It was amusing to hear Sonia Gandhi rail against family rule in Telangana. The idea of ‘dynastic succession’ in Indian politics goes all the way back to 1928, when Motilal Nehru prevailed on Mahatma Gandhi to name Jawaharlal as the former’s successor as Congress president. Jawaharlal’s mother, Swaruprani, went into ecstasy and declared it “a king passing on the sceptre of the throne to his logical successor”.
Even in 1966, when Indira Gandhi became prime minister, there was no other political party in which the idea of dynastic succession had taken root. Indeed, even in 1980, when Sanjay Gandhi became the party’s de facto number two, the present dynasties in other political parties—the DMK, the Samajwadi Party, the Telugu Desam Party, and so on—had not come into being. Today, with the notable exception of the Bharatiya Janata Party and the communist parties, most political parties are dominated by the leader’s family.
The question that then becomes relevant is whether the next generation has lived up to the promise of the previous one. Indira Gandhi certainly did. Indeed, she surpassed Nehru on many fronts. Rajiv Gandhi failed to do so. Sonia took her party to power in 2004, but Rahul is yet to make his mark.
What of Telangana? The fact is that, in many ways, the next generation has proven to be better than the previous one. Though K. Chandrasekhar Rao succeeded in securing the establishment of Telangana, the credit for running a reasonably competent government should go to his son K.T. Rama Rao and nephew T. Harish Rao. Whatever anti-incumbency is there in the state is largely because of KCR’s style of functioning. Whatever support there is for the government is because of the good work done by his lieutenants.
KCR’s biggest achievement in the past four and a half years has been to reassure all citizens in and around Hyderabad, Secunderabad and Cyberabad, and ensure the sustained development of the metropolis as a centre of business and culture. Be it a farmer in Nizamabad or the resident of Hyderabad’s upmarket Banjara Hills, there is universal appreciation for the fact that the KCR government has ensured supply of water and power.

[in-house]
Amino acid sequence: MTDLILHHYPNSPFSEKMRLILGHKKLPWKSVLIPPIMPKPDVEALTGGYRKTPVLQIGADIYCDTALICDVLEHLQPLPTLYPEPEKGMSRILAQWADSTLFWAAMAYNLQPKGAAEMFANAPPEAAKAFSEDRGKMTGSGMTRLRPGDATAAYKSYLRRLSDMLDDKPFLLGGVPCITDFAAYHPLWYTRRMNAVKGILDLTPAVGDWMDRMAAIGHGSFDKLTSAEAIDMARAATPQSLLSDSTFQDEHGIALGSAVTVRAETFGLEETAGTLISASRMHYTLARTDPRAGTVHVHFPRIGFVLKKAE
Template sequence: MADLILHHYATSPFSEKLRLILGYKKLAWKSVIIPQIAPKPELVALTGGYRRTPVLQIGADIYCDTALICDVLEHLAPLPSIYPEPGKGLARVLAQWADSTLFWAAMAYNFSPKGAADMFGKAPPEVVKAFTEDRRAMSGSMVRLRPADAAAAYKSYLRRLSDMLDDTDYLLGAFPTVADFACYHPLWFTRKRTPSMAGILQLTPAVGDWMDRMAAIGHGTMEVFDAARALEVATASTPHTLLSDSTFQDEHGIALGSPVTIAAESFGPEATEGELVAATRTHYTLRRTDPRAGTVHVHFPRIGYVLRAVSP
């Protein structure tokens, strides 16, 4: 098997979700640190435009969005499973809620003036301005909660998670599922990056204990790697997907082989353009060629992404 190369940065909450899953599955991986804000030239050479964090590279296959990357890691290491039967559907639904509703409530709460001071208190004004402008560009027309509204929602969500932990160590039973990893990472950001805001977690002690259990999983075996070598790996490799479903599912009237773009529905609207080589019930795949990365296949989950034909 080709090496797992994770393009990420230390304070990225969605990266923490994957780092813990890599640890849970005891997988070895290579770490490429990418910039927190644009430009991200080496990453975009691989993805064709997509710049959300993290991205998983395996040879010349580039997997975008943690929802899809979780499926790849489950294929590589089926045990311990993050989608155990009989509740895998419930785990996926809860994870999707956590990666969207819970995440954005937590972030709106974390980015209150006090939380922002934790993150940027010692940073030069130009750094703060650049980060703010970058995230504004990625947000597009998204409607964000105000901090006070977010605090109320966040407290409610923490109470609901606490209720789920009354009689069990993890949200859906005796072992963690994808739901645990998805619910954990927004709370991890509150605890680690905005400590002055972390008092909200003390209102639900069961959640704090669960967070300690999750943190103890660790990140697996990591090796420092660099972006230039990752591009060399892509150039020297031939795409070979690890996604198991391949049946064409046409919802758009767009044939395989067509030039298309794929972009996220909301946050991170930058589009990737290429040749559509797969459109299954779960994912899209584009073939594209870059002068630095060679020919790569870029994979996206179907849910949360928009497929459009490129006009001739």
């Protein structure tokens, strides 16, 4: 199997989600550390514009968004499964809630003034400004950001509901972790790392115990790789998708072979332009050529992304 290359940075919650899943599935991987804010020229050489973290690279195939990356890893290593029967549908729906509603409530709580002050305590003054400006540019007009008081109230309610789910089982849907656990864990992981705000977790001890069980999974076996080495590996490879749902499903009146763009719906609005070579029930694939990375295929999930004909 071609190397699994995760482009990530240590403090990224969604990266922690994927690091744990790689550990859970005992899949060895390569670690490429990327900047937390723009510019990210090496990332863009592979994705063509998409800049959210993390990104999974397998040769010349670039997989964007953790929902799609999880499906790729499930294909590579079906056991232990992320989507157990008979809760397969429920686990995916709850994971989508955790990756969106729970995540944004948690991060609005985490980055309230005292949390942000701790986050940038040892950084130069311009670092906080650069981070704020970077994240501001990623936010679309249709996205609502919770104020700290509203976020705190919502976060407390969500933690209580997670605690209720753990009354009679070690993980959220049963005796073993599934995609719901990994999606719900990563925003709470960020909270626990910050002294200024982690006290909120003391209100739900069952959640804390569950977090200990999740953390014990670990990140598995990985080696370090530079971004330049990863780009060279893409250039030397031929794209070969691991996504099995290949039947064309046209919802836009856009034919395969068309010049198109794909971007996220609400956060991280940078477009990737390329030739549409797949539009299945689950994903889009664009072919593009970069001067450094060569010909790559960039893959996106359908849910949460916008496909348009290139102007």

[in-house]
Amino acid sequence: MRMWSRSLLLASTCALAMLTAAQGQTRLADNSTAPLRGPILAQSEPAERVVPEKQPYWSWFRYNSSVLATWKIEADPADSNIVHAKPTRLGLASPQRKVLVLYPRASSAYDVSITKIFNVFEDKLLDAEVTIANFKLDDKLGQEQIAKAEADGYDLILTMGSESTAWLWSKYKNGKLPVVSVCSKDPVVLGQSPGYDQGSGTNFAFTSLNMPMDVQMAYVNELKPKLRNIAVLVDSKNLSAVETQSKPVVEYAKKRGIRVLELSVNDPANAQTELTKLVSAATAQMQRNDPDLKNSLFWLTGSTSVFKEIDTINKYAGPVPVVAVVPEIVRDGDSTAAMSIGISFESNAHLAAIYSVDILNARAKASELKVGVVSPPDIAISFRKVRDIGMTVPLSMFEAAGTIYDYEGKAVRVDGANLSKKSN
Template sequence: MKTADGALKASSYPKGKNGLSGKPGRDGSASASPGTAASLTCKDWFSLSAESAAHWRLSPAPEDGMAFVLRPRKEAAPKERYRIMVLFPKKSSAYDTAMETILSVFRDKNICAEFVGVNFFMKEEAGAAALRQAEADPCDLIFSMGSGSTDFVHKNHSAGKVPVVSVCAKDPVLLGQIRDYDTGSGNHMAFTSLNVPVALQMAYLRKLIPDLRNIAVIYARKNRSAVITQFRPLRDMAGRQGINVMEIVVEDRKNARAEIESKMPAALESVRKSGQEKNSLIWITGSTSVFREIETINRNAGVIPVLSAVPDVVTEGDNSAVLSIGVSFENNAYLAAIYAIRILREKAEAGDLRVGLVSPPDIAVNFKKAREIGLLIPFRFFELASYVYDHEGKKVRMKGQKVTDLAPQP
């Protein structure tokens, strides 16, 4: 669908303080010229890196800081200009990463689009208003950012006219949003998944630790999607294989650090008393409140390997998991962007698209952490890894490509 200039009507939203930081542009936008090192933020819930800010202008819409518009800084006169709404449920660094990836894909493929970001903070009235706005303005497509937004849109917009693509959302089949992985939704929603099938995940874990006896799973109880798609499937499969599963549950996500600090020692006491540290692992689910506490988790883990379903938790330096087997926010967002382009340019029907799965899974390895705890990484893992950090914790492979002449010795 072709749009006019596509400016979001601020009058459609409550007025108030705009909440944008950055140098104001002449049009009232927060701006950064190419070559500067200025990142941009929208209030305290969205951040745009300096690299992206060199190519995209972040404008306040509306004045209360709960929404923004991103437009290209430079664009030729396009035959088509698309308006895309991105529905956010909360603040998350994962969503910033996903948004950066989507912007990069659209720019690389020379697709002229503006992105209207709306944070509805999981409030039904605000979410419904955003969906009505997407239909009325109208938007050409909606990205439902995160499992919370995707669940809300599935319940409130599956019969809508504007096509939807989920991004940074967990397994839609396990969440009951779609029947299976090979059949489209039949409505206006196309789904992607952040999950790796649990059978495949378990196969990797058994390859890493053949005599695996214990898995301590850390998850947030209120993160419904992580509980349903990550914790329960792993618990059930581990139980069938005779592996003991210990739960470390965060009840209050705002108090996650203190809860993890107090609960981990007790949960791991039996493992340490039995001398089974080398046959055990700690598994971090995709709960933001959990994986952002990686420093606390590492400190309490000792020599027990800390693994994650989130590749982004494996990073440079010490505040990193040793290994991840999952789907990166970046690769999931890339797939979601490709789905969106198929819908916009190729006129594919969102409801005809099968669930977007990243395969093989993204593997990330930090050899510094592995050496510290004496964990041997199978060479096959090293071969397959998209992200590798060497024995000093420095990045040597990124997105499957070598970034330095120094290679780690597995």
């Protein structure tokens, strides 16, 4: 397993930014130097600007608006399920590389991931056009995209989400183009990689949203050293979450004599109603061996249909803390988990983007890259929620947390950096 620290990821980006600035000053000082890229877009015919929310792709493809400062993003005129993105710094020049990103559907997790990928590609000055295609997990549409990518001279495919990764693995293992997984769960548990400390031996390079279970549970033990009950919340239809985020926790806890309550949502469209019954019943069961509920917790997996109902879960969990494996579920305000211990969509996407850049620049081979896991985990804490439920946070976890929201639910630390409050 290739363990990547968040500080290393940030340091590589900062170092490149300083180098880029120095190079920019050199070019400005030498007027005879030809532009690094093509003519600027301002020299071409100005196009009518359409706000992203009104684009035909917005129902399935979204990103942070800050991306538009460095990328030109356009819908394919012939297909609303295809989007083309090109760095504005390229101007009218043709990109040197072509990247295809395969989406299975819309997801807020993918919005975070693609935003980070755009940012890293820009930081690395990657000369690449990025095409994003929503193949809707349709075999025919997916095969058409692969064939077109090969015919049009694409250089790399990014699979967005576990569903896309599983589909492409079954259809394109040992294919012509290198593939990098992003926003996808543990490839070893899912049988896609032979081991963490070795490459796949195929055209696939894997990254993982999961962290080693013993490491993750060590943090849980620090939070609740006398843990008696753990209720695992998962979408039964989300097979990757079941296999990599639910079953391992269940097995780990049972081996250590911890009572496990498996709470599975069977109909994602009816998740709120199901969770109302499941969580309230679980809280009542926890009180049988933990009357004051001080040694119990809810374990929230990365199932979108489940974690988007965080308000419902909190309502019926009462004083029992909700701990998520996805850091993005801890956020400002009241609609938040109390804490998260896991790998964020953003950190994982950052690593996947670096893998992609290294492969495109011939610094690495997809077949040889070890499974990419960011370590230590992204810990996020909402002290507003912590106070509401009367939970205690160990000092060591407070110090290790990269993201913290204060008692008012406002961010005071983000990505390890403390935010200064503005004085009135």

What of Sonia’s claim that she was the architect of Telangana? The Congress was in two minds on the Telangana question from the very beginning. What seems to have encouraged the party’s so-called high command in Delhi to keep the separatist pot boiling was its concern with the manner in which Andhra Pradesh chief minister Y.S. Rajashekhar Reddy had consolidated his position, paying scant attention to the durbaris of Lutyens’ Delhi. It was partly to weaken YSR’s control over the Congress’s state unit that Telangana dissidence was encouraged. This was a straight copy of Indira Gandhi’s response to the separatist agitation in 1969, when she used Telangana leaders to cut Andhra’s Kasu Brahmananda Reddy and Rayalaseema’s Neelam Sanjiva Reddy to size. She succeeded with the help of Telangana’s Marri Chenna Reddy.
After YSR’s impressive second victory in 2009, he managed to virtually silence the demand for a separate state. The high command once again encouraged the revival of the demand, to keep YSR on a tight leash. But YSR’s unexpected death gave KCR and the Telangana agitation a boost that the Congress could not then control. Fearful of losing power in both Andhra Pradesh and Telangana, the Congress chose bifurcation in the hope that it would at least get to keep Telangana. The rest is history.
Baru is an economist and a writer. He was adviser to former prime minister Manmohan Singh.